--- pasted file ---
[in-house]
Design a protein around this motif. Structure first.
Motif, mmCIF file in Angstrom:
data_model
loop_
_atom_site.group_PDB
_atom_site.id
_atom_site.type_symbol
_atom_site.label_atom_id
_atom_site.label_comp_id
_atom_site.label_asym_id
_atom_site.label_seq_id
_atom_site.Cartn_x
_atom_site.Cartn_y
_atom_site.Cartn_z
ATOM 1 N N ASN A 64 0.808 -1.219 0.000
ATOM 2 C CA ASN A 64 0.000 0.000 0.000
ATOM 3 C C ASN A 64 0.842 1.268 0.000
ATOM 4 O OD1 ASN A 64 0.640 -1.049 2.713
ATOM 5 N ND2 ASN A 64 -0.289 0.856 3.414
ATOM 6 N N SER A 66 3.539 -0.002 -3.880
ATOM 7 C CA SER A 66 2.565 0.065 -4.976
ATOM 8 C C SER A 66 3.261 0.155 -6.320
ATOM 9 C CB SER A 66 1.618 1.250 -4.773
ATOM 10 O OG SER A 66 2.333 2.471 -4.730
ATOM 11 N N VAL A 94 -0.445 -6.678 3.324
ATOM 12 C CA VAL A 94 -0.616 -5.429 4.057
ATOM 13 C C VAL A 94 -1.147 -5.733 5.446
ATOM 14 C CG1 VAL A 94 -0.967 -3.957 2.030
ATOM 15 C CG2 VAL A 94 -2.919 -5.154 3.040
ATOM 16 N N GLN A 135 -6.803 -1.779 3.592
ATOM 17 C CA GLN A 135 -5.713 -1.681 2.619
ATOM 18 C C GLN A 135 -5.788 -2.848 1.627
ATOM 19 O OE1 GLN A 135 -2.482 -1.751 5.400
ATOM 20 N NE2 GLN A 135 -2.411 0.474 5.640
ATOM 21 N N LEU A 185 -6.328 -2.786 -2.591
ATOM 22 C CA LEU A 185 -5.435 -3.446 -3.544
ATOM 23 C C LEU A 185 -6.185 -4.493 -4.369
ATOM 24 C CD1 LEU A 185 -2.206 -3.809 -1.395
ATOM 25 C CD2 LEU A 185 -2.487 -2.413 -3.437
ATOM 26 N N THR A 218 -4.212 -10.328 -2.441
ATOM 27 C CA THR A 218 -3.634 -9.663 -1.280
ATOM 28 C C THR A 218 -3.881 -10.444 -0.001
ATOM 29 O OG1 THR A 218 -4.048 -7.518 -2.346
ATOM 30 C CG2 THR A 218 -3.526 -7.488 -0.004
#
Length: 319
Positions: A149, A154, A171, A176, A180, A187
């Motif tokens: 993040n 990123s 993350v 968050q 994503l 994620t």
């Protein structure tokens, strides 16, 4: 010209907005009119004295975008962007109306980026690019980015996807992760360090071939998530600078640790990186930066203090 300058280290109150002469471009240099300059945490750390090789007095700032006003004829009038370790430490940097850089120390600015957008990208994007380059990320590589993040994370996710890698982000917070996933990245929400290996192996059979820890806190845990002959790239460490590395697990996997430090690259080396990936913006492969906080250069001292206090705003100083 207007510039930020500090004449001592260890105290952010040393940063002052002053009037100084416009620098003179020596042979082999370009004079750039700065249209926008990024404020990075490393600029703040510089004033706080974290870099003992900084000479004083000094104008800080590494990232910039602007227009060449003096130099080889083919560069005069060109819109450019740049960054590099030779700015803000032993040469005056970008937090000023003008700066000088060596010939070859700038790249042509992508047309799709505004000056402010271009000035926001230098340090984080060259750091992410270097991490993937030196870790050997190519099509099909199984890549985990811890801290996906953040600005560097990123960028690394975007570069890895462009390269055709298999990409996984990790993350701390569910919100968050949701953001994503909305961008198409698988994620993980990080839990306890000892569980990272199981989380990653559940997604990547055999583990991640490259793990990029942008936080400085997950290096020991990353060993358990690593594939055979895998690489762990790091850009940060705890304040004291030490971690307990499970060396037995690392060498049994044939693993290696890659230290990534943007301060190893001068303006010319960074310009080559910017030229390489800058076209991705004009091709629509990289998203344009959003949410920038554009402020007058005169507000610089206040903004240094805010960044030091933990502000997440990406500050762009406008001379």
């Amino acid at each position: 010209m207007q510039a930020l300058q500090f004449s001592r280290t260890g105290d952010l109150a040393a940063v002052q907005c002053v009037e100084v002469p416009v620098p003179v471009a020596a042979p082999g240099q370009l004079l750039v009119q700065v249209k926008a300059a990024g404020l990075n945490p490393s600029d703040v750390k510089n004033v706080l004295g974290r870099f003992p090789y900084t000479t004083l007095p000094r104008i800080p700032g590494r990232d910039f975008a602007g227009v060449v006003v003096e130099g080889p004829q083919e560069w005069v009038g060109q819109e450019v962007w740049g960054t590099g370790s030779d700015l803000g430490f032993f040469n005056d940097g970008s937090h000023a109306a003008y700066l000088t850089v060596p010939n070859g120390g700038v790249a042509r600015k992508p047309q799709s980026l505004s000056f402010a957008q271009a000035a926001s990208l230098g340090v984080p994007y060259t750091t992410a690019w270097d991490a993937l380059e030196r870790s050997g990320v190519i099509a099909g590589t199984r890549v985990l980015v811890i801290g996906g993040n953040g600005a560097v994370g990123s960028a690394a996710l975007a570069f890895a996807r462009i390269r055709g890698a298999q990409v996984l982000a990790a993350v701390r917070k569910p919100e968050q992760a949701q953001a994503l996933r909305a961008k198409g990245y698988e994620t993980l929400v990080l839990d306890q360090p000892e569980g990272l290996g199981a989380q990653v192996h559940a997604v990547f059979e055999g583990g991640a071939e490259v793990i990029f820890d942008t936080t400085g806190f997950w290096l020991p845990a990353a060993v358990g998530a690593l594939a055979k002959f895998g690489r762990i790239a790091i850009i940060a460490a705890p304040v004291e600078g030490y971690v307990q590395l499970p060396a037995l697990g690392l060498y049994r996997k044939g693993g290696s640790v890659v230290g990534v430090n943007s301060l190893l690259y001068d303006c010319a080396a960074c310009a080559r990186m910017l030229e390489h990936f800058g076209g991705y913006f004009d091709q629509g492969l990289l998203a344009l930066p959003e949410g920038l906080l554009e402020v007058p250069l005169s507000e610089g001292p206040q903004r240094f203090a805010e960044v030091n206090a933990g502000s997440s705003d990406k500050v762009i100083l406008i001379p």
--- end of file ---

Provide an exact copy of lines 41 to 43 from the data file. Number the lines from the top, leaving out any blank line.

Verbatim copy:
ATOM 26 N N THR A 218 -4.212 -10.328 -2.441
ATOM 27 C CA THR A 218 -3.634 -9.663 -1.280
ATOM 28 C C THR A 218 -3.881 -10.444 -0.001